I have no idea why I did that.  I don’t know where it came from or what possessed me to do it.  I just knew it is something that was right.  And my mom and dad would be pleased with my boldness among my peers who were not kind to this poor little boy.  Ever.  He had a hellish life at home, you could tell and then a hellish life at school.  For the rest of the school year he was my shadow.  And I just had to grin and bear him handing me my fork in the lunch line.  Each time I looked at his hand, his dirty hand, and not today’s dirt but who knew when that child had been bathed, washed his hands or brushed his teeth, wrapped around my fork, I just had to swallow hard, hold my head high, accept his help and accept the comments I was going to get from my friends.  Most of whom thought I was completely crazy for having anything to do with him.  But I have always been strong willed and never allowed anyone to bully me.  And frankly, I think it might have made his life a little easier at school.  It seemed he was not in as many fights or maybe that he was trying a little harder to be likable.

Our paths crossed very little after that year.  I would see him on the playground in the lunch lines but we didn’t talk and finally went our separate ways.  I have always wondered what happened to him.  I know he was injured at school once in Jr. High when he made a volcano for a science exhibit and brought gasoline to make it explode.  Thankfully he didn’t blow up anyone else in the process.  After that I moved away and I have no idea how his life turned out.  But unless some major things changed for him, I doubt it has been very good.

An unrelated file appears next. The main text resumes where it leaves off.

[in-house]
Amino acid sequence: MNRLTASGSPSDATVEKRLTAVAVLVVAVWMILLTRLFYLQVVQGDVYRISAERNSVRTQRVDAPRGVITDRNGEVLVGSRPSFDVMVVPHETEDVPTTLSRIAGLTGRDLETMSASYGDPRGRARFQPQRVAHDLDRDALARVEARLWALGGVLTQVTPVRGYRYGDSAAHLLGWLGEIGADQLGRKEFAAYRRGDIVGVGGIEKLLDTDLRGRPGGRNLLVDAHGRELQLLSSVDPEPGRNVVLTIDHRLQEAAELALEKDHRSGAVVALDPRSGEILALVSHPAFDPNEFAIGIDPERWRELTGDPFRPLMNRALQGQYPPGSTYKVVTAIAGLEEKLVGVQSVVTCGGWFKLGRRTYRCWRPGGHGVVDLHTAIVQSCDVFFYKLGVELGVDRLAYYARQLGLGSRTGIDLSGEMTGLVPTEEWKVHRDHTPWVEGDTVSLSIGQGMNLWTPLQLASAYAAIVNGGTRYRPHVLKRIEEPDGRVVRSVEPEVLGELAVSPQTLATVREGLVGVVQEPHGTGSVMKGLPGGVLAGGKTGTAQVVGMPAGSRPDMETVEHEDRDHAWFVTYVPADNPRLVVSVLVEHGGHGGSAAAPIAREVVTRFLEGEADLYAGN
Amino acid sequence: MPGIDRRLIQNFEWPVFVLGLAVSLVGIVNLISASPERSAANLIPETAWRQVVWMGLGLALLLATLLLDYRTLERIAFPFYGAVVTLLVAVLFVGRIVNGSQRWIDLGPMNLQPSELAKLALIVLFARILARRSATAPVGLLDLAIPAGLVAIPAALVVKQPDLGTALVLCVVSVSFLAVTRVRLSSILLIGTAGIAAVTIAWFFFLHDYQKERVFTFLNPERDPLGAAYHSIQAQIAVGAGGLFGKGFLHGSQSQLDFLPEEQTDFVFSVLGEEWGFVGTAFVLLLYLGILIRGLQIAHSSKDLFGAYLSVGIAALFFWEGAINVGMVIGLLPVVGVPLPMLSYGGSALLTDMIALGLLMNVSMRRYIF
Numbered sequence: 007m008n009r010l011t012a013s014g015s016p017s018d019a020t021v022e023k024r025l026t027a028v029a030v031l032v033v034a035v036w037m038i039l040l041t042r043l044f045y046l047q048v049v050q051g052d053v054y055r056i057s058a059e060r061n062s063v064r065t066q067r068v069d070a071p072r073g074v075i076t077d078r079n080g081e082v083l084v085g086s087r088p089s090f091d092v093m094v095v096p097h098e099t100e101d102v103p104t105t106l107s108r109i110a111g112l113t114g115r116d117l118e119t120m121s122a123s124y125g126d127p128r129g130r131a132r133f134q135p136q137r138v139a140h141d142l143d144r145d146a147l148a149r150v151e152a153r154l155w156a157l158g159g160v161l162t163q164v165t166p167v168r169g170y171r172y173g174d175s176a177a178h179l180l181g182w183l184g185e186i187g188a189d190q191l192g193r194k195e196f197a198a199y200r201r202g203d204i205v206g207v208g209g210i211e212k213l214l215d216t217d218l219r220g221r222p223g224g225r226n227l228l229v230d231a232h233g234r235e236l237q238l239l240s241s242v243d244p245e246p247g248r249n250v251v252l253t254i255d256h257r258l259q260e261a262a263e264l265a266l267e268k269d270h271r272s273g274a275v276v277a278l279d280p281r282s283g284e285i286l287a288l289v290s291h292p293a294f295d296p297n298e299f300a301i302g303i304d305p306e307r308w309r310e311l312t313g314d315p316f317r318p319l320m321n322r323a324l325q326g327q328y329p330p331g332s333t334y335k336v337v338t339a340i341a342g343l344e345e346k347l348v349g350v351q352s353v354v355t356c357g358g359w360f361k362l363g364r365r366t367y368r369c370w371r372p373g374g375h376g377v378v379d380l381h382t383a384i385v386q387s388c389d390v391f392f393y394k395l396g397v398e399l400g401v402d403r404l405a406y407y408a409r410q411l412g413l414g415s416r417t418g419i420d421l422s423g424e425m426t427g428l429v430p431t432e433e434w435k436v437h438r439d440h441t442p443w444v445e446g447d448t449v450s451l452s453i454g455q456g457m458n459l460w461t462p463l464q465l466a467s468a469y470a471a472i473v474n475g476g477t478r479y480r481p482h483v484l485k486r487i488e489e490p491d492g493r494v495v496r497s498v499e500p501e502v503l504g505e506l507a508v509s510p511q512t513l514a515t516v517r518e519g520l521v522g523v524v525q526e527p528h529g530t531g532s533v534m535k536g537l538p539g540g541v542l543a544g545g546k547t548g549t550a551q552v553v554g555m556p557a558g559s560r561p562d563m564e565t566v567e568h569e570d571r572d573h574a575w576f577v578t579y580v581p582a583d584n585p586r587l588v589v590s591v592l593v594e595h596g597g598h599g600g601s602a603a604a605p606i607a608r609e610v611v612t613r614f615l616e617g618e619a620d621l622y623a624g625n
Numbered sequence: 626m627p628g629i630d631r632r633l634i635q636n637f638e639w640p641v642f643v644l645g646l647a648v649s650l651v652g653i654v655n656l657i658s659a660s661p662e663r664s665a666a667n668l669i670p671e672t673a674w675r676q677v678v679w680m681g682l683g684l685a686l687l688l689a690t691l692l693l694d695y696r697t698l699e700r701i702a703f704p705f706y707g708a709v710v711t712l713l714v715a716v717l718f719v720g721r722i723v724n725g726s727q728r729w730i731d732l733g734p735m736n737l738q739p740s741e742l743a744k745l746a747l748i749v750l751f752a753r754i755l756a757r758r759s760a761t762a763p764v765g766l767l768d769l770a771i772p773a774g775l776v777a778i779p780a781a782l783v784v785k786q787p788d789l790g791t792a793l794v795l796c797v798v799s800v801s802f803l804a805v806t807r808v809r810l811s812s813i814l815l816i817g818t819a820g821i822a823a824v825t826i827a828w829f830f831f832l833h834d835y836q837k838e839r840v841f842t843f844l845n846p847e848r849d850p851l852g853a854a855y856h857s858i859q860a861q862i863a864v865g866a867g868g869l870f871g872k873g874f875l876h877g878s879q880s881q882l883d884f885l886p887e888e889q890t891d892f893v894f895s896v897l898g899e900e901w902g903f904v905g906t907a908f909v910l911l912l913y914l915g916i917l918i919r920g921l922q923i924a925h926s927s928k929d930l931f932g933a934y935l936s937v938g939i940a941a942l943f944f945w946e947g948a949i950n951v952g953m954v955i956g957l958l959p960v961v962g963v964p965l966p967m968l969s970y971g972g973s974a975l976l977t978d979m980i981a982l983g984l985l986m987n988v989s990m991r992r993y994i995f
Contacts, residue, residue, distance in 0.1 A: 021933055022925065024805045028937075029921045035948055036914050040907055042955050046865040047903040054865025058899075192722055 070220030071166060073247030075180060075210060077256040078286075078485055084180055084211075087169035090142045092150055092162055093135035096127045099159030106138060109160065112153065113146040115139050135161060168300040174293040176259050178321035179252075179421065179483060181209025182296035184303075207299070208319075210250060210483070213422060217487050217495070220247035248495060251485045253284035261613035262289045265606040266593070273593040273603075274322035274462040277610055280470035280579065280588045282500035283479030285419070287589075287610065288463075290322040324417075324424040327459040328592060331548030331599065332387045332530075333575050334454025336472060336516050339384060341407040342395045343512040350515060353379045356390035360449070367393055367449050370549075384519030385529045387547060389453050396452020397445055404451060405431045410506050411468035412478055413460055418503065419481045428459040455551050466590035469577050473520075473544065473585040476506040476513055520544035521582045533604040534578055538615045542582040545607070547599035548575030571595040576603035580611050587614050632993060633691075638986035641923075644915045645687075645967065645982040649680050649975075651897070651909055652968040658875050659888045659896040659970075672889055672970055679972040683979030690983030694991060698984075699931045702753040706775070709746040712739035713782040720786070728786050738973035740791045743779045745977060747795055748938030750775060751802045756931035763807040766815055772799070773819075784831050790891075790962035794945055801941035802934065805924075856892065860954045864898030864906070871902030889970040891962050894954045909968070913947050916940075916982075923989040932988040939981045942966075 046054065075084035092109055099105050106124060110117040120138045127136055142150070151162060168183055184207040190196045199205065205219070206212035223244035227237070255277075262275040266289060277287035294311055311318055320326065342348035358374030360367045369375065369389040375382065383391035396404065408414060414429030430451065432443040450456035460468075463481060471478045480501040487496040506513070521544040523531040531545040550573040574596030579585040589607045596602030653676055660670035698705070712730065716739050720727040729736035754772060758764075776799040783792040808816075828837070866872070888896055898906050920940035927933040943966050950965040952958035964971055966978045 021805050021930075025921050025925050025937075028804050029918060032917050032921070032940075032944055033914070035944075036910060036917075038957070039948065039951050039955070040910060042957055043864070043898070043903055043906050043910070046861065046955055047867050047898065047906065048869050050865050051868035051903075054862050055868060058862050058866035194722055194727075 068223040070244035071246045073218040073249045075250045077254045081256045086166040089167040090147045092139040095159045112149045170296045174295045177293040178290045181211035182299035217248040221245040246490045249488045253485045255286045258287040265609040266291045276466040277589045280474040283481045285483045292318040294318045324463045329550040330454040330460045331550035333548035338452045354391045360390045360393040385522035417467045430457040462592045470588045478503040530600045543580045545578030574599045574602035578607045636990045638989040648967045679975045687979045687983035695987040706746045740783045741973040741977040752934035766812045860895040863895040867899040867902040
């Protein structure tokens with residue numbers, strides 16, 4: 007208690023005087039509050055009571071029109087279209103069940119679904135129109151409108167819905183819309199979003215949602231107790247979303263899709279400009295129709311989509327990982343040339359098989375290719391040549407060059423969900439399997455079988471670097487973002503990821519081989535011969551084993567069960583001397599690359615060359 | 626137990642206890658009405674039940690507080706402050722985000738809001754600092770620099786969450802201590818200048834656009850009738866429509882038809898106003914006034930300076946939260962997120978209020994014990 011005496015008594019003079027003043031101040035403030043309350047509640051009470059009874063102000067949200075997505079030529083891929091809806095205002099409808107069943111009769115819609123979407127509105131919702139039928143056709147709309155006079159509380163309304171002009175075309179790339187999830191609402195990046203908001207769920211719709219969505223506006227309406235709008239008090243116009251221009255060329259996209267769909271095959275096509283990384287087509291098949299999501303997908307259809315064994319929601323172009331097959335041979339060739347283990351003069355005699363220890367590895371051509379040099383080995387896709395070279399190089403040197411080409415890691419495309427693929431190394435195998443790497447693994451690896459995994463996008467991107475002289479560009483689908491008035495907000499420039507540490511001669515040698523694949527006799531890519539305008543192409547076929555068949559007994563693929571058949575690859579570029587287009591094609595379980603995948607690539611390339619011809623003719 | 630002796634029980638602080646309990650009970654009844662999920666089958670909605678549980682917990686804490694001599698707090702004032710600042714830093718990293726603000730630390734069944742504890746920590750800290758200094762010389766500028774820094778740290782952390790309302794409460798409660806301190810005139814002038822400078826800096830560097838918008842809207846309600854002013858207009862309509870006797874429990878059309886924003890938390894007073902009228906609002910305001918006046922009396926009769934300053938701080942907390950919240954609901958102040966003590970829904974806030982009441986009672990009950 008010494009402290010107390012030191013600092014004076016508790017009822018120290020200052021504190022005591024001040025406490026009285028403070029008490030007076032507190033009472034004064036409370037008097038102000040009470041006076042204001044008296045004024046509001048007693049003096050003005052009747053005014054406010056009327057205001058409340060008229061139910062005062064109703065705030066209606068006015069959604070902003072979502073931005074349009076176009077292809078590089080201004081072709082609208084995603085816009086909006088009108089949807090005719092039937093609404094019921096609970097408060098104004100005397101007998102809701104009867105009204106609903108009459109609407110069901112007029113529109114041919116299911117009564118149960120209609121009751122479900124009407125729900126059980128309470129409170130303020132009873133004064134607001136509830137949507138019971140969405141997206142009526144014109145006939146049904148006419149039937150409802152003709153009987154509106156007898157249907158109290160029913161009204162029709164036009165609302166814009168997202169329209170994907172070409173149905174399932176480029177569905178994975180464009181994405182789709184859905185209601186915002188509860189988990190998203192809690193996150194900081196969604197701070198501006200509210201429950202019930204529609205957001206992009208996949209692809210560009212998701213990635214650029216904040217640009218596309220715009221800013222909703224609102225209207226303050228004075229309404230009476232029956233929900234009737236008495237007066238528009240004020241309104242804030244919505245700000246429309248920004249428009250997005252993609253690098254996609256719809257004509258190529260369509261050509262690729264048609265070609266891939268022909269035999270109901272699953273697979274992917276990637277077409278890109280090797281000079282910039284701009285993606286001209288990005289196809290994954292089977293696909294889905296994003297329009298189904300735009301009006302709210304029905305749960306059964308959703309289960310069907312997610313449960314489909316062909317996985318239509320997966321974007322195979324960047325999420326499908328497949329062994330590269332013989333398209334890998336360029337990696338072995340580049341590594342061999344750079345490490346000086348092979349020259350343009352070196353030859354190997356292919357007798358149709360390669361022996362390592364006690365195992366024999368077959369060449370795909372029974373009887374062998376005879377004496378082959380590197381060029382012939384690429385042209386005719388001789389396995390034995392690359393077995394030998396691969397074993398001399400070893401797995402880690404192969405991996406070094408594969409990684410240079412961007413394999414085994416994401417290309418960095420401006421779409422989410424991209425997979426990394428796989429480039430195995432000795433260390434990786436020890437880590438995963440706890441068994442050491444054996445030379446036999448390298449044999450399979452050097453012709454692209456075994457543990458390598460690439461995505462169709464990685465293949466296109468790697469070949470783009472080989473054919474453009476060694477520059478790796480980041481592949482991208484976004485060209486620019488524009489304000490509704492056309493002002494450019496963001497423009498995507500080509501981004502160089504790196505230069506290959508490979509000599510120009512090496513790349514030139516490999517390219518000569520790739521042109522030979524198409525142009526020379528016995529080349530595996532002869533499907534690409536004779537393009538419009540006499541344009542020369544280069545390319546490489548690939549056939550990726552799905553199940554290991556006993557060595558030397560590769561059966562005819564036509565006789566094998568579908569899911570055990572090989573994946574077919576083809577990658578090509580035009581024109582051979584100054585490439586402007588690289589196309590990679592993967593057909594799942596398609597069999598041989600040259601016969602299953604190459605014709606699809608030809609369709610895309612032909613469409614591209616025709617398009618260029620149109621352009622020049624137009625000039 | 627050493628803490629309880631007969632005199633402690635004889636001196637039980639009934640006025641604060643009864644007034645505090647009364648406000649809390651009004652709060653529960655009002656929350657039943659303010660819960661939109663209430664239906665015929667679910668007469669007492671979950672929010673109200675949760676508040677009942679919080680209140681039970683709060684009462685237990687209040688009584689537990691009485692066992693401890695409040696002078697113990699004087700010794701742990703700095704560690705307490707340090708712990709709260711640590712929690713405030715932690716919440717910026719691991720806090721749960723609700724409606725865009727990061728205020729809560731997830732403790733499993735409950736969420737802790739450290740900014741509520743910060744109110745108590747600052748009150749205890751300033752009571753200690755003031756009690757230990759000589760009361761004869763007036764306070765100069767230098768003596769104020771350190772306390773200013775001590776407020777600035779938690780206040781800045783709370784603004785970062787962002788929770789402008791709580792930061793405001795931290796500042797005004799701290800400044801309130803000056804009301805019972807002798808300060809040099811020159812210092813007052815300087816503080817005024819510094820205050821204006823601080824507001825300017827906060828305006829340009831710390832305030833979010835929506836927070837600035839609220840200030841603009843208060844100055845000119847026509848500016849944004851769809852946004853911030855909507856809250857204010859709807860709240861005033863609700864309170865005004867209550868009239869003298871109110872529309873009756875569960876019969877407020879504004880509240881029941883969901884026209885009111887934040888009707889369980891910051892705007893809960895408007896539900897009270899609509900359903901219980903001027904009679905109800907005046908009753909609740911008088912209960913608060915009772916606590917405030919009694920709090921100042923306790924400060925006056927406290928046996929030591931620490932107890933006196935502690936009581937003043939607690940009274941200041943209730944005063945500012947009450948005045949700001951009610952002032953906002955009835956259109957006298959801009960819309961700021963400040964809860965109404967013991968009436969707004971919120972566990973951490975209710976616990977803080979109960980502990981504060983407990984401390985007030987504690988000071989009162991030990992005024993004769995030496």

Wow, where was I going with all this??? OH yeah!  Happy Hallowe’en Week and my mom could throw one heck of a school party!

Since it is Tree-Hugging Tuesday, here’s  a few  green Hallowe’en tips: if you’re the non-traditional type, try stocking up on healthy treats: organic dried fruit, granola bars, and popcorn packets all work (and come individually packaged, so even the most discerning parents won’t trash them for safety reasons). also offers a list of non-food ideas, like hair barrettes (which you could make yourself), seed packets, small toys made from recycled plastic, stickers, and soy crayons.

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WOW! That made me cry. Sounds like something my daughter would, and has, done. Its nice to hear that people still do what is right and refreshing to see it in a young child. I am going to choose to believe that Leslie’s life was changed somewhere down the road by your act of kindness. Sometimes all it takes is for one person to plant a seed.


Thanks for sharing that special memory. Brought tears to my ears too. Like you, I can not stand to see someone mistreated. Always root for the underdog!


Love, love this story!!! But I really want to know what happened to Lesley. Have you tried googling his name? Facebook? 🙂

I’m in tears too. I hope you had an impression on him and his life turned out better because of you!!

What a beautiful story… and a life lesson….about treating others…with dignity…respect and kindness.

My hat is off to you Susan

Hugs…Victoria in Houston